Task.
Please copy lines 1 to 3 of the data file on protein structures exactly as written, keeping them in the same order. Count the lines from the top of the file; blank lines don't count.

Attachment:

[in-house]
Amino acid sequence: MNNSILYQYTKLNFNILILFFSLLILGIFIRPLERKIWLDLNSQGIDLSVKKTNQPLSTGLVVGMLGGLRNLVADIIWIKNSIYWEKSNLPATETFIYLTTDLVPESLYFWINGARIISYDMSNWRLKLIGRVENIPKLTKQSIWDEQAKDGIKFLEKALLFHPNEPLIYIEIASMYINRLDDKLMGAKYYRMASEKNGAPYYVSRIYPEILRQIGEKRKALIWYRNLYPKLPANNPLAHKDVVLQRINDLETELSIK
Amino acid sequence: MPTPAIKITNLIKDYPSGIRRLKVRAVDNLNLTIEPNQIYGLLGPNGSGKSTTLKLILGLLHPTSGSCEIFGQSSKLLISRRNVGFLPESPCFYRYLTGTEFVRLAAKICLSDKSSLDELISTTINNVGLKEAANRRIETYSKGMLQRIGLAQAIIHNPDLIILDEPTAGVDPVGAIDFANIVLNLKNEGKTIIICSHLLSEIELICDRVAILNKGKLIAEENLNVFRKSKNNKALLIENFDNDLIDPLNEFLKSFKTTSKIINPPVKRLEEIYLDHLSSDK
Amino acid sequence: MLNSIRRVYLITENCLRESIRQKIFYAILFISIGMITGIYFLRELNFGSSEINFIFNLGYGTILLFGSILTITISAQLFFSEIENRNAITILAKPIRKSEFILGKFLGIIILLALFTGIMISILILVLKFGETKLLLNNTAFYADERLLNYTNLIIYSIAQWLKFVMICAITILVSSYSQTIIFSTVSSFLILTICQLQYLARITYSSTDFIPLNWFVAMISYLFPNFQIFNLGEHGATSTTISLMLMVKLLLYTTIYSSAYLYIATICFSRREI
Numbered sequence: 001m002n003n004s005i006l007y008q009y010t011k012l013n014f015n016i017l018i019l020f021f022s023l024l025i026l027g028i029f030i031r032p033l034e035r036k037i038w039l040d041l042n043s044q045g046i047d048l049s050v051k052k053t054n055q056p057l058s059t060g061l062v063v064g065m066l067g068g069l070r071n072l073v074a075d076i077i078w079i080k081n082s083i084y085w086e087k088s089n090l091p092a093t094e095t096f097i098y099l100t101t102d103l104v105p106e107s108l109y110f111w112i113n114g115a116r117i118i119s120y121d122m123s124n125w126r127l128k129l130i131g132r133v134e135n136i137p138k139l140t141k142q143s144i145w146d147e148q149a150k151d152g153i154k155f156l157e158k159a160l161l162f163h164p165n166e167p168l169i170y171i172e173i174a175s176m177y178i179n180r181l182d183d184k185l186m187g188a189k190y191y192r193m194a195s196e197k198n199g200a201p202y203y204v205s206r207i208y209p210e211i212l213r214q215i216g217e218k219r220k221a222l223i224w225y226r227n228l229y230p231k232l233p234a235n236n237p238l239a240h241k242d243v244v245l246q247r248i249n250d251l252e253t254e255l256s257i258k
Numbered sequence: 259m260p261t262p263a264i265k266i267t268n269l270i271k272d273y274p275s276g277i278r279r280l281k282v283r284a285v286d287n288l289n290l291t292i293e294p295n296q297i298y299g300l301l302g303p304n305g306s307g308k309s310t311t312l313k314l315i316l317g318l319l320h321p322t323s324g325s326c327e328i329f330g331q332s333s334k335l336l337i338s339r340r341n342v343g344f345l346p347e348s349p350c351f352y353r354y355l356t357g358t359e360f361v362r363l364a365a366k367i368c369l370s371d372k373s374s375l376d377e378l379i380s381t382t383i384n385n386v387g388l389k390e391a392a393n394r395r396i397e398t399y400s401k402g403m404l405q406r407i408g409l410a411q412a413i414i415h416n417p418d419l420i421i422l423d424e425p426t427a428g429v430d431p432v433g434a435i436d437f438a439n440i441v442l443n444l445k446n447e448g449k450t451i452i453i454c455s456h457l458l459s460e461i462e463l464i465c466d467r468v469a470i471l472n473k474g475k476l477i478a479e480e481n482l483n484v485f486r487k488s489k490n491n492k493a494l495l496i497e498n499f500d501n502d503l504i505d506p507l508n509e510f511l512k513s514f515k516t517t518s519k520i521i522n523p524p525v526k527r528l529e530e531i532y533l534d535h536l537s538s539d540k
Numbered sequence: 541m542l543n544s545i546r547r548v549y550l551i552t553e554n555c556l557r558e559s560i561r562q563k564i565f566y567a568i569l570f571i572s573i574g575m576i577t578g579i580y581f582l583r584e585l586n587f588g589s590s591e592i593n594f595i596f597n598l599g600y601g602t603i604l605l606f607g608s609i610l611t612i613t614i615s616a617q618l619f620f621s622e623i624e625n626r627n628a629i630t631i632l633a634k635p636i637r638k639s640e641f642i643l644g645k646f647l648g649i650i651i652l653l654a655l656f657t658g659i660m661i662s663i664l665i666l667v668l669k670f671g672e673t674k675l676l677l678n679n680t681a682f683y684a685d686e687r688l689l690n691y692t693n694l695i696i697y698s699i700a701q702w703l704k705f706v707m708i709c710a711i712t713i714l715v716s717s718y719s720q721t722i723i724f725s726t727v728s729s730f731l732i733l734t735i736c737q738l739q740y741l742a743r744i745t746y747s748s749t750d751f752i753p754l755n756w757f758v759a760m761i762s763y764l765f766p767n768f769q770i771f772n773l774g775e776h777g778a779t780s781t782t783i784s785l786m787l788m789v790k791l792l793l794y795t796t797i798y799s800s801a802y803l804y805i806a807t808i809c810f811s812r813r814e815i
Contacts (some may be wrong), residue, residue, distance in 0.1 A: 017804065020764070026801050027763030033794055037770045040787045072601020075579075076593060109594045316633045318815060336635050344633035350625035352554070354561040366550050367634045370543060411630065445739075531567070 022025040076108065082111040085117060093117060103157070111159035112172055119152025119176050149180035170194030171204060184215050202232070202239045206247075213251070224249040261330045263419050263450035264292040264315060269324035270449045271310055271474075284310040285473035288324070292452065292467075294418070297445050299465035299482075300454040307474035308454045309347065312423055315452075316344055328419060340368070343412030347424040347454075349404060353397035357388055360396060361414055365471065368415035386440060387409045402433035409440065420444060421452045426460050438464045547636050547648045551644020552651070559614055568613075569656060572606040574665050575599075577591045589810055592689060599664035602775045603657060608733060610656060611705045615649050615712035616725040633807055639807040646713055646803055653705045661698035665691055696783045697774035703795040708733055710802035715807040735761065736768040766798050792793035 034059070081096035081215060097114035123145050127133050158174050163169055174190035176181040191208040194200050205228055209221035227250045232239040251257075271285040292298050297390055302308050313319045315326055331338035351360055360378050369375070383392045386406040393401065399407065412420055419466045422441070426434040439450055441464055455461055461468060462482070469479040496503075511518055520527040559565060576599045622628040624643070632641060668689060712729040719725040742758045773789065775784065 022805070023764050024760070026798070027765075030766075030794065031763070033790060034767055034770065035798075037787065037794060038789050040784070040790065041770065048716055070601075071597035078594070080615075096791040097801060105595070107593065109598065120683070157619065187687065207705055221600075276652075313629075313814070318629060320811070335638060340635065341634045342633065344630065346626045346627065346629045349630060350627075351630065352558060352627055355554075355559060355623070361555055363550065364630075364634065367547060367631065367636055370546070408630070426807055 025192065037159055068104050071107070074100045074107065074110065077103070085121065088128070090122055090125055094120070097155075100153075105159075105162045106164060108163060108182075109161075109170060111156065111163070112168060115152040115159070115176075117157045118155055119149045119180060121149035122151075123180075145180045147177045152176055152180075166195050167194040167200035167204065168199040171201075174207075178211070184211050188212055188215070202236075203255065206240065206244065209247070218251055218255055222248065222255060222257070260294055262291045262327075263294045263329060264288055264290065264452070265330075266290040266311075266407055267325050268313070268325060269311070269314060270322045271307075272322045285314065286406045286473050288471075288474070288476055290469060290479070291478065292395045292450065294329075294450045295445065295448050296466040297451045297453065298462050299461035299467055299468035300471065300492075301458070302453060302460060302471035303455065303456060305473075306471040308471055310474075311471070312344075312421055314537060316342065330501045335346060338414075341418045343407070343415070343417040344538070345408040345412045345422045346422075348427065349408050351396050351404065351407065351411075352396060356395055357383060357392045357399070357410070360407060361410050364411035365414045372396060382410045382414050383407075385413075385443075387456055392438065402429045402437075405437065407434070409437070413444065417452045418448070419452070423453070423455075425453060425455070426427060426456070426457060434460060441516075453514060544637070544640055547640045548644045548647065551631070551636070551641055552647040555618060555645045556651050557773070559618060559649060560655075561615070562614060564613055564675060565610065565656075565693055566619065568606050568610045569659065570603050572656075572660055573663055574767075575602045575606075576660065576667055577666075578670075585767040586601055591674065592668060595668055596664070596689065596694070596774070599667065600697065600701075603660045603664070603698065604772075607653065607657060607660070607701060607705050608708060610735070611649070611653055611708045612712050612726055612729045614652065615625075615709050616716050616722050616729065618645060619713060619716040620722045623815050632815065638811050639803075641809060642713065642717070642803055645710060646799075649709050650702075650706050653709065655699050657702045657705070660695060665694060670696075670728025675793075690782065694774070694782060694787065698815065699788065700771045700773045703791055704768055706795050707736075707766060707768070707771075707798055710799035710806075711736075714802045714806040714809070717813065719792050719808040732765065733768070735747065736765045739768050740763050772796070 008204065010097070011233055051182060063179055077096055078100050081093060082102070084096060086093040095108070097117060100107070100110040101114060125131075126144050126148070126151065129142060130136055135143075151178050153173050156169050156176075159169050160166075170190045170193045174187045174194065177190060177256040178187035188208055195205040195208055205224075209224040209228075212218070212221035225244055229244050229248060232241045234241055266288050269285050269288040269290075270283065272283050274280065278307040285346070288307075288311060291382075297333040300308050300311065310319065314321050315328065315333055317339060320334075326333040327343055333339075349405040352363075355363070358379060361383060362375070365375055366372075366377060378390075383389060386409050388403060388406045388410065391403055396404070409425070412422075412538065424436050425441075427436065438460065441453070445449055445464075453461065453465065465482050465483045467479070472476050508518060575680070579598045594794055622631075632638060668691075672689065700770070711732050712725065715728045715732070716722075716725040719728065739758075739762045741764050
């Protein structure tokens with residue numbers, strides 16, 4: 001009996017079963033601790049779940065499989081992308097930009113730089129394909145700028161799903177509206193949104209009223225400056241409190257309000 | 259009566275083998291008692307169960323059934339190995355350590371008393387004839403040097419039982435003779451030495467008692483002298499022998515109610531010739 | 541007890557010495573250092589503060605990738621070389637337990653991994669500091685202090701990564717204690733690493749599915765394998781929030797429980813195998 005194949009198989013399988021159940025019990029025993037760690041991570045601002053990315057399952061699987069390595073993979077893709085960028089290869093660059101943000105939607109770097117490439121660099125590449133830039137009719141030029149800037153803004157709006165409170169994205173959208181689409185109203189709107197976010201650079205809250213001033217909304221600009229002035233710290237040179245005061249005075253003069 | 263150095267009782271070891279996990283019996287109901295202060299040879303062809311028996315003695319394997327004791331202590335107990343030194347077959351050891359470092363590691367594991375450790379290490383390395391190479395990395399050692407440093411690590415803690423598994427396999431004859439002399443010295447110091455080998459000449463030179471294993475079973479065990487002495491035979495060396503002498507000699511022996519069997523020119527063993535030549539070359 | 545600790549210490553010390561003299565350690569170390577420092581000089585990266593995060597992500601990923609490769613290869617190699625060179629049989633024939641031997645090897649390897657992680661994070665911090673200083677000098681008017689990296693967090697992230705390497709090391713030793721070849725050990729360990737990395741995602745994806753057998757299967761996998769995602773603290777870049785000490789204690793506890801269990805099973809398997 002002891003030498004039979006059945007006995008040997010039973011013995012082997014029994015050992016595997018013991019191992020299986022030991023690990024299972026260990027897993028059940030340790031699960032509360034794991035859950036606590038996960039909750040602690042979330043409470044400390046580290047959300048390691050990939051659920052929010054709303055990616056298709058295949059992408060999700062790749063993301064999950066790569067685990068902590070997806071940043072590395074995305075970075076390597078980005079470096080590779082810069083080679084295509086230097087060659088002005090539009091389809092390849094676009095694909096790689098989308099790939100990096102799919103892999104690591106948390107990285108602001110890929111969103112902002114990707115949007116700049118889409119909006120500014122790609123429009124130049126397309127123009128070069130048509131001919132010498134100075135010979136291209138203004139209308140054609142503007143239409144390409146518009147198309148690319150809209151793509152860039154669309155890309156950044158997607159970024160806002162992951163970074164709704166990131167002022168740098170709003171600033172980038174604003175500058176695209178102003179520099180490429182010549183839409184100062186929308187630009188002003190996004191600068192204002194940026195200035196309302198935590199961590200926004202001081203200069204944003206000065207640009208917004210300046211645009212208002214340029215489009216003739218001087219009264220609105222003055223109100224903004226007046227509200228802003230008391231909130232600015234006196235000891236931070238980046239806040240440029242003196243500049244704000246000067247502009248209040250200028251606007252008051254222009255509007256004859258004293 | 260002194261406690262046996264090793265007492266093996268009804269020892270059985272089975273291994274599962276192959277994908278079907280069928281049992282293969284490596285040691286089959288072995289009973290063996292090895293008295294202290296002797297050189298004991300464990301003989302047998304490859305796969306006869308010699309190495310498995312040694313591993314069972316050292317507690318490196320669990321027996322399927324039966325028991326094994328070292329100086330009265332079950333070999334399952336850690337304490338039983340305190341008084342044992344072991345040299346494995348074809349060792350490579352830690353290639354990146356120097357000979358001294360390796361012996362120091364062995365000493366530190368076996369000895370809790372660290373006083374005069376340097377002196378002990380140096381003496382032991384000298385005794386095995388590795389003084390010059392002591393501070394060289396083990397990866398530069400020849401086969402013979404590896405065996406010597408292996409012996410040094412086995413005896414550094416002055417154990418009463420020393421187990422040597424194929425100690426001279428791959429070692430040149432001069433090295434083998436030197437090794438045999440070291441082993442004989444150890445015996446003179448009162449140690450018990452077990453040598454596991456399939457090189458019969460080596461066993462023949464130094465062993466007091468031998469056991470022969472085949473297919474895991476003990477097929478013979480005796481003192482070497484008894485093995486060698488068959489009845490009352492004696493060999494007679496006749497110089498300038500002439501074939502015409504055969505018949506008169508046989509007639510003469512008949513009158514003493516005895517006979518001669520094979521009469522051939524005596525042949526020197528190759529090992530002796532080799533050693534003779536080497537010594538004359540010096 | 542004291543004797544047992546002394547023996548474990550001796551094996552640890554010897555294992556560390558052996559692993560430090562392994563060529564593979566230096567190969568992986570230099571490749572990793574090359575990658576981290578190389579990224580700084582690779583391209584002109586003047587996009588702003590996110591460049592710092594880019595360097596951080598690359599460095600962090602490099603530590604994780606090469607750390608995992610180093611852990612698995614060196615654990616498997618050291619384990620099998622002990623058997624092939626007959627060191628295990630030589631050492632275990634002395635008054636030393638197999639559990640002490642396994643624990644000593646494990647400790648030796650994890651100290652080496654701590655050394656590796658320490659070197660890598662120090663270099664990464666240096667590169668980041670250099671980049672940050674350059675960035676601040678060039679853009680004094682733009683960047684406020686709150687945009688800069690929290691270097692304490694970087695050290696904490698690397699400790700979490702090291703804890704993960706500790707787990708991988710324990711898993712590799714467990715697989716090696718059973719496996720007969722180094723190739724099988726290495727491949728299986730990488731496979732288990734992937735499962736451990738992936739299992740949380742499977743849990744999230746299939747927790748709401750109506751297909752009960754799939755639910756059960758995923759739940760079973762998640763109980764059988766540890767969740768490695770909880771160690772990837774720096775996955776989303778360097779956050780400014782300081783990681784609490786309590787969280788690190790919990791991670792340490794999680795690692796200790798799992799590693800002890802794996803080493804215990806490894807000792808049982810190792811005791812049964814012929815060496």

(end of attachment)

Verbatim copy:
[in-house]
Amino acid sequence: MNNSILYQYTKLNFNILILFFSLLILGIFIRPLERKIWLDLNSQGIDLSVKKTNQPLSTGLVVGMLGGLRNLVADIIWIKNSIYWEKSNLPATETFIYLTTDLVPESLYFWINGARIISYDMSNWRLKLIGRVENIPKLTKQSIWDEQAKDGIKFLEKALLFHPNEPLIYIEIASMYINRLDDKLMGAKYYRMASEKNGAPYYVSRIYPEILRQIGEKRKALIWYRNLYPKLPANNPLAHKDVVLQRINDLETELSIK
Amino acid sequence: MPTPAIKITNLIKDYPSGIRRLKVRAVDNLNLTIEPNQIYGLLGPNGSGKSTTLKLILGLLHPTSGSCEIFGQSSKLLISRRNVGFLPESPCFYRYLTGTEFVRLAAKICLSDKSSLDELISTTINNVGLKEAANRRIETYSKGMLQRIGLAQAIIHNPDLIILDEPTAGVDPVGAIDFANIVLNLKNEGKTIIICSHLLSEIELICDRVAILNKGKLIAEENLNVFRKSKNNKALLIENFDNDLIDPLNEFLKSFKTTSKIINPPVKRLEEIYLDHLSSDK